Narendra Modi can be investigated for the Gujarat massacre

May 11, 2012 by  
Filed under newsletter-india

Gujarat, May 08, 2012: According to a report by the Amicus Curiae (friend of the court) to the Supreme Court, Gujarat’s chief minister did not take the necessary steps to stop disorders that claimed the lives of more than a thousand Hindus and Muslims. In April, a court had dismissed all charges against Modi.

Gujarat Chief Minister Narendra Modi can be investigated for the 2002 massacre, this according to a report to the Supreme Court by Amicus Curiae (friend of the court) Raju Ramchandran.

The report says that Modi did not take any step to stop disorders. For this reason, he can be prosecuted under Sections 153A (Promoting enmity between different groups on ground of religion, race, place of birth, residence, language), 153B (Imputations, assertions prejudicial to national integration), 166 (Public servant disobeying law, with intent to cause injury to any person) and 505 (Statements creating or promoting enmity, hatred or ill will between classes) of the Indian Penal Code.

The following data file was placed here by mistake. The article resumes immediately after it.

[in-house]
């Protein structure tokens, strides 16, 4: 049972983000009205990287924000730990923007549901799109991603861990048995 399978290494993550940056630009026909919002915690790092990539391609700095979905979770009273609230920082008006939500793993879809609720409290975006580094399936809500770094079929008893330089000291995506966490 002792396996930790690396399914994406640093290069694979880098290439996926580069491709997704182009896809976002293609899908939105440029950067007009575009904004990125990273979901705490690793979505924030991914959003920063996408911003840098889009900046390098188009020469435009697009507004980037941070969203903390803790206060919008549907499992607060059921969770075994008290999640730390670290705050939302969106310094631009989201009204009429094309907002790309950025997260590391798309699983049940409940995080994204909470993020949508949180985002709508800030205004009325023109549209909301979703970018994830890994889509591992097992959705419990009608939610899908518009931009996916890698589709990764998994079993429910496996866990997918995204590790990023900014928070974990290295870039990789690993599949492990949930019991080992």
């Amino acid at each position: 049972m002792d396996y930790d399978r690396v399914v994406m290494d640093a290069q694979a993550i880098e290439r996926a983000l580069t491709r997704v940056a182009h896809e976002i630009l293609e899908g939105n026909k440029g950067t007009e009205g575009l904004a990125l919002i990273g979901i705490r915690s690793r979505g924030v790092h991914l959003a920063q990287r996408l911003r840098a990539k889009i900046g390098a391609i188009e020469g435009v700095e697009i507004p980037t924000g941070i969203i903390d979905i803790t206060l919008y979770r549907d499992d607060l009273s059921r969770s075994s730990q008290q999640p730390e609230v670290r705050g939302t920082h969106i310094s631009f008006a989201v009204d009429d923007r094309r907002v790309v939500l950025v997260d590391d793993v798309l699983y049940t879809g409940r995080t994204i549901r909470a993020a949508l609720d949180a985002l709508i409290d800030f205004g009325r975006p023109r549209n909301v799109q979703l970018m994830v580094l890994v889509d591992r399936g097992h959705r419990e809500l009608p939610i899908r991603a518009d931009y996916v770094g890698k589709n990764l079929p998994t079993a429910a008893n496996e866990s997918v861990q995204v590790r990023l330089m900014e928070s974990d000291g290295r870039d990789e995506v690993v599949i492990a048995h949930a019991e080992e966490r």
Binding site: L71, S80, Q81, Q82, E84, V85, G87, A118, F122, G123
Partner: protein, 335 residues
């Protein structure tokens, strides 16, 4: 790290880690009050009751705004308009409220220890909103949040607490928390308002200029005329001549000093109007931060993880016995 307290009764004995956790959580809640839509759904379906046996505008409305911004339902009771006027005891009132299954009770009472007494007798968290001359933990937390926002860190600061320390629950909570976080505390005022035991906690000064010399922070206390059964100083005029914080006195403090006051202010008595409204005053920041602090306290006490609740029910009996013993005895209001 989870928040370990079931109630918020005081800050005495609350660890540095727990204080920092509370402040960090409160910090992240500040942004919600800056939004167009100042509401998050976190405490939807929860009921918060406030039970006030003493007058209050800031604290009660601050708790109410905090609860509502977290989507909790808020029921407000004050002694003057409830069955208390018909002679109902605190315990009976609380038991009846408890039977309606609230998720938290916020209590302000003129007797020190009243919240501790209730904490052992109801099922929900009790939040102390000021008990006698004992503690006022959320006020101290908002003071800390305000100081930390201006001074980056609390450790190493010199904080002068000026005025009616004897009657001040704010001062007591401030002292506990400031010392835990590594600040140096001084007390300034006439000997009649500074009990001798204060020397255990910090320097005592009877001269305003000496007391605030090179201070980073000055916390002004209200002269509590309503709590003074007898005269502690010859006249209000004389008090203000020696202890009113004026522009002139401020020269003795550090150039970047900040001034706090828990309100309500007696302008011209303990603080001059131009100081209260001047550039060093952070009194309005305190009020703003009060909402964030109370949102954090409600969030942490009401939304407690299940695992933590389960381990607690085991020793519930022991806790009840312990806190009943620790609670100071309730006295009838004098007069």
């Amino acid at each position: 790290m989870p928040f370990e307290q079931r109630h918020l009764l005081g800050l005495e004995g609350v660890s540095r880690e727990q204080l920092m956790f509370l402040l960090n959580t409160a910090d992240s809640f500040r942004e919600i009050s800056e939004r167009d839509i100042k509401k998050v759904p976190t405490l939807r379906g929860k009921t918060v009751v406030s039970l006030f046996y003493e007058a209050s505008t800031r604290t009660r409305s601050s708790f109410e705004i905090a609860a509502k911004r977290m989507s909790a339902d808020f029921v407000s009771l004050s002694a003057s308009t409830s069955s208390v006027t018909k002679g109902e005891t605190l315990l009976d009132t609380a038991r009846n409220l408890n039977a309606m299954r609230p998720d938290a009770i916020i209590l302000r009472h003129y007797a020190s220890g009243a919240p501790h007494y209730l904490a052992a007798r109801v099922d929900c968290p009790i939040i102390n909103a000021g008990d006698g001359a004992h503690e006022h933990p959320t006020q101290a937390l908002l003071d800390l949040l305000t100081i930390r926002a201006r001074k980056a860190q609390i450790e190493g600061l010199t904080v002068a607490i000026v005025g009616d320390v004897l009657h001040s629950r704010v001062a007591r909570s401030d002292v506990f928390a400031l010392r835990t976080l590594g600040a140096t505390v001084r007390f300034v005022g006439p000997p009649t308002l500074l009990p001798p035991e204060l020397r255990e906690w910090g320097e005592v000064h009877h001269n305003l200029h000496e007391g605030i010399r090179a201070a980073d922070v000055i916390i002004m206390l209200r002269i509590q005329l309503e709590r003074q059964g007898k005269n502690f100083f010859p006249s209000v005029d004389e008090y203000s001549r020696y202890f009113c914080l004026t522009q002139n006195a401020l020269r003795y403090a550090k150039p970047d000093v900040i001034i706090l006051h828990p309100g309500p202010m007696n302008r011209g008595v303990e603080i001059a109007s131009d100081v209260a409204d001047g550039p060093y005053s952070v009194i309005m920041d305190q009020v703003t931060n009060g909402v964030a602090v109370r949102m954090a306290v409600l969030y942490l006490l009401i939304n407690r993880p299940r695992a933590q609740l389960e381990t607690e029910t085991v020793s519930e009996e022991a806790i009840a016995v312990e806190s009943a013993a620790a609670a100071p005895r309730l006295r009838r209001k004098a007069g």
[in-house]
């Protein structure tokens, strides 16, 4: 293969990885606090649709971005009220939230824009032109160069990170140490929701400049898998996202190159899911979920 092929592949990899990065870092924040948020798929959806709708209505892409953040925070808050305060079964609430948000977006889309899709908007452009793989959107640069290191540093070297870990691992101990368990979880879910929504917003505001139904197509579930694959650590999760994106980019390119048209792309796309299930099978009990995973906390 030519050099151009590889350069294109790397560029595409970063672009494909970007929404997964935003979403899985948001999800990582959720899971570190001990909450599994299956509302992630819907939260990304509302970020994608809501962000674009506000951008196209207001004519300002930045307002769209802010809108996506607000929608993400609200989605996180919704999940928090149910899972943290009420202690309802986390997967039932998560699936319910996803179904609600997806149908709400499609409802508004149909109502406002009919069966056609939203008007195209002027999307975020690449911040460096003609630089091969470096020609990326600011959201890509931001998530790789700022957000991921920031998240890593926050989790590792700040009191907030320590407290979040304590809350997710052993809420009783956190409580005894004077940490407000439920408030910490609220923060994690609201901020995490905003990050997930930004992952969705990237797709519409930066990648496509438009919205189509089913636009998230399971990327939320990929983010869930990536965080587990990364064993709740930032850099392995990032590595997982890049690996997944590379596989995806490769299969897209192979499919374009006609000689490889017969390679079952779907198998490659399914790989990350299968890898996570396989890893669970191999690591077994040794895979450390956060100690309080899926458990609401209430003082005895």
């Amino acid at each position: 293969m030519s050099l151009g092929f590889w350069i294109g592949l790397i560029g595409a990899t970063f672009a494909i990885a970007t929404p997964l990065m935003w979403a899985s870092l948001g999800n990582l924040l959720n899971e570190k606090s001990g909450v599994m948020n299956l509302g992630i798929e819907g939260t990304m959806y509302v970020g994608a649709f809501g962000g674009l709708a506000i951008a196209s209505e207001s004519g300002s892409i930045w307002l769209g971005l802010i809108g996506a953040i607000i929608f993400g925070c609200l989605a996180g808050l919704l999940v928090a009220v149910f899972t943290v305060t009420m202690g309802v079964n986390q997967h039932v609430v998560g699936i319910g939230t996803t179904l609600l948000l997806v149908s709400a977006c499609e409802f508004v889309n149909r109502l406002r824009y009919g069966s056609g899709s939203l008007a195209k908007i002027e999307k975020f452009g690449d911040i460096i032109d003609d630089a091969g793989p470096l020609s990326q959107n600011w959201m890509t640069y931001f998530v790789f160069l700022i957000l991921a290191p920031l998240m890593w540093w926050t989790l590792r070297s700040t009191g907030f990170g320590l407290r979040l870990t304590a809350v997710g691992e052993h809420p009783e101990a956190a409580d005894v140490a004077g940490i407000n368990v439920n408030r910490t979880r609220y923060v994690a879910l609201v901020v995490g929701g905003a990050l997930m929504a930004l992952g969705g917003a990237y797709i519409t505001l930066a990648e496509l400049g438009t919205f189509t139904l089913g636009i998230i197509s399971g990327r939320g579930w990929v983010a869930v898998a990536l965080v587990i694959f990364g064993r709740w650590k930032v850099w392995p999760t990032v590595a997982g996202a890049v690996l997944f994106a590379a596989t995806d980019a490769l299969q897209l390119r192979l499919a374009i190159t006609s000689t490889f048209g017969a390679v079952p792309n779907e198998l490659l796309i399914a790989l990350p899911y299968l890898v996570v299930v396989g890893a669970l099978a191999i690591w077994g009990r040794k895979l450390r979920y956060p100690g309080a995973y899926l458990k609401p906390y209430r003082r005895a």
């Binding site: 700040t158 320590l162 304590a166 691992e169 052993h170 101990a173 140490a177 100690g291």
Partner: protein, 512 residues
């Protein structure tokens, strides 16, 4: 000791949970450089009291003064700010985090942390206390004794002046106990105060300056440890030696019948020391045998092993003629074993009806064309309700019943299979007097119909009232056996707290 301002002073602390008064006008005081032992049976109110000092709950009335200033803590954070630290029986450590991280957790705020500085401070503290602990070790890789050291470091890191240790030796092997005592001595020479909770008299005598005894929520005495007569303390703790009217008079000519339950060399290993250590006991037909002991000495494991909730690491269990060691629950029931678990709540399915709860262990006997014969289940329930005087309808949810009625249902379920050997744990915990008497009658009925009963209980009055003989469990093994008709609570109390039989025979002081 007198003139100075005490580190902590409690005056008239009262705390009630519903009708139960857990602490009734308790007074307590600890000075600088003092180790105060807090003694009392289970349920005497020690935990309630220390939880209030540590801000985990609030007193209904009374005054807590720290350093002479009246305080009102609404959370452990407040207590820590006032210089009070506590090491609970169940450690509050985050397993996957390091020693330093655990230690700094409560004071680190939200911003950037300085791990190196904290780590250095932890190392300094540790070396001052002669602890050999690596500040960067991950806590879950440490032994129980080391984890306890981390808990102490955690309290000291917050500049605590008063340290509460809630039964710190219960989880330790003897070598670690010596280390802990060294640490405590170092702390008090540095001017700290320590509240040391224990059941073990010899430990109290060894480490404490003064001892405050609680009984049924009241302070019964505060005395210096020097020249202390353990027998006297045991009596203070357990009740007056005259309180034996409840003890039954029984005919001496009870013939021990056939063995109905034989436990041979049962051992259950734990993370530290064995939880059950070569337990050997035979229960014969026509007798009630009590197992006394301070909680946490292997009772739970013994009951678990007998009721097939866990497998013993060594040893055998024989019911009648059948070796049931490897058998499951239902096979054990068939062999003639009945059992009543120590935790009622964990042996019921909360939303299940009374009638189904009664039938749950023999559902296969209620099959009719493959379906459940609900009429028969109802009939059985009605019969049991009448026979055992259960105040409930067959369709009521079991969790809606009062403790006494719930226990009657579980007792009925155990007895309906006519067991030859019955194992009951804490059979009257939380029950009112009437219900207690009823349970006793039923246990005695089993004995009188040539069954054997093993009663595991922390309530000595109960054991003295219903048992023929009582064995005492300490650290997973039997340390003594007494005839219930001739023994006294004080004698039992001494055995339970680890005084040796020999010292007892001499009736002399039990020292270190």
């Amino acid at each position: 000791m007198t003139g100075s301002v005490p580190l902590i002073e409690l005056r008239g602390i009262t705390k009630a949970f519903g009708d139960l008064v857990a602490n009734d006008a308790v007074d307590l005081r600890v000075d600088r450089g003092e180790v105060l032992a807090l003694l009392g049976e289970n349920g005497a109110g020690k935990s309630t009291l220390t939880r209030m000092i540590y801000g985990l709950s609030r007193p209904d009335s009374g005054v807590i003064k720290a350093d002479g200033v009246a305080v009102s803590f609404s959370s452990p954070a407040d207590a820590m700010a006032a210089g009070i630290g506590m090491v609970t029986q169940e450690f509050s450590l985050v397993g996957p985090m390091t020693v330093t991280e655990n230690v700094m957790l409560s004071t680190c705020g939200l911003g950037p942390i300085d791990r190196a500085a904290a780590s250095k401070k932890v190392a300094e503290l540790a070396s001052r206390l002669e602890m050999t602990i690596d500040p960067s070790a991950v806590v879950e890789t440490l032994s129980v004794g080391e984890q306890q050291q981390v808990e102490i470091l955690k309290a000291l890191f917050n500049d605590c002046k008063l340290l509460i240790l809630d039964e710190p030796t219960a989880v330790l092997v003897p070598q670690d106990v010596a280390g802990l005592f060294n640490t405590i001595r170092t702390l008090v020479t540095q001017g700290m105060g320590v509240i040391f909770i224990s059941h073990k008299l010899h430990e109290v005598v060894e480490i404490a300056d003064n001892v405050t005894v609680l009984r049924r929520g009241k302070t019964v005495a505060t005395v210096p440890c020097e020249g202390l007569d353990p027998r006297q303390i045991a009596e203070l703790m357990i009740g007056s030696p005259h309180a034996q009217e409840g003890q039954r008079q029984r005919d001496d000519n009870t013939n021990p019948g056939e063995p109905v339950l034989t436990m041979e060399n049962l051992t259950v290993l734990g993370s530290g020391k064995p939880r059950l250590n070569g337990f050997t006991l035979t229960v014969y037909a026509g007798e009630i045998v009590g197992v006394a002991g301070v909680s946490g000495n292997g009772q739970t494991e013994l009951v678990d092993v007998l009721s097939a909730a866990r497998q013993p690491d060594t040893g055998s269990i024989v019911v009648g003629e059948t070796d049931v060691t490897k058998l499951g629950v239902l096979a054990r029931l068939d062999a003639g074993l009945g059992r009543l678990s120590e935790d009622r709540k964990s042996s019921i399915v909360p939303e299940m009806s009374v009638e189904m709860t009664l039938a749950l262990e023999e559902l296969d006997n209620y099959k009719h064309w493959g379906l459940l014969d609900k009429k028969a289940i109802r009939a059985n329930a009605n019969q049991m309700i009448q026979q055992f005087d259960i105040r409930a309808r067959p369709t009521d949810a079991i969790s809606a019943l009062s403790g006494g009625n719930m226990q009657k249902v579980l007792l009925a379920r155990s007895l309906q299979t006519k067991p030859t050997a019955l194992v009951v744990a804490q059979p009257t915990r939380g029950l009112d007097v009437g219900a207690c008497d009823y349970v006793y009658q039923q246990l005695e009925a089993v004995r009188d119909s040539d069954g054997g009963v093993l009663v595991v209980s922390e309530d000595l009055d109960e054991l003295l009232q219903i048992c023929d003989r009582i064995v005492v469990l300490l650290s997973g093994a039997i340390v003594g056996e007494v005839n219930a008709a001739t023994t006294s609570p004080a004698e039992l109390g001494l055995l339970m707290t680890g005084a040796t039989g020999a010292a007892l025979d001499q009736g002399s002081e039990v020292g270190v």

The Amicus Curiae is a party that is not involved in a particular litigation but allowed by the court to advise it on a matter of law affecting the litigation. The Amicus Curiae report can be admitted as evidence to the trial at the discretion of the court.

According to Ram Puniyani, writer and human rights activist, Ramchandran’s report is “an objective and honest interpretation of the investigation’s findings.”

More specifically, the activist told AsiaNews that it matches what a Citizens’ Court and other investigations have already found, namely that the Special Investigation Team (SIT) undermined the investigation and that this was used to the advantage of the Gujarat chief minister.

In fact, based on the SIT report, an Indian court on 11 April dismissed charges against Modi and 58 other people charged in connection with the Gujarat massacre.

The SIT was criticised for its handling of the case. Many pointed to numerous procedural flaws in its investigation, most notably wiretapped conversations not entered as evidence.

Now, Puniyani noted, “the report by the Amicus Curiae could overturn the sentence, giving new hope to the victims.”

On 27 February 2002, a group of Muslim attacked the Sabarmati Express and set it on fire. The train was carrying mostly women, children and senior citizens on their way back from a pilgrimage to Ajodhya. Fifty-eight people died in the attack, unleashing a wave of sectarian violence across the state of Gujarat.

Muslims paid the highest price. Out of more than a thousand known dead, 790 were Muslims against 254 Hindus. At least, 253 people are still missing.  In addition, 523 places of worship, including three churches, were damaged; 27,901 Hindus and 7,651 Muslims were arrested.

– asianews

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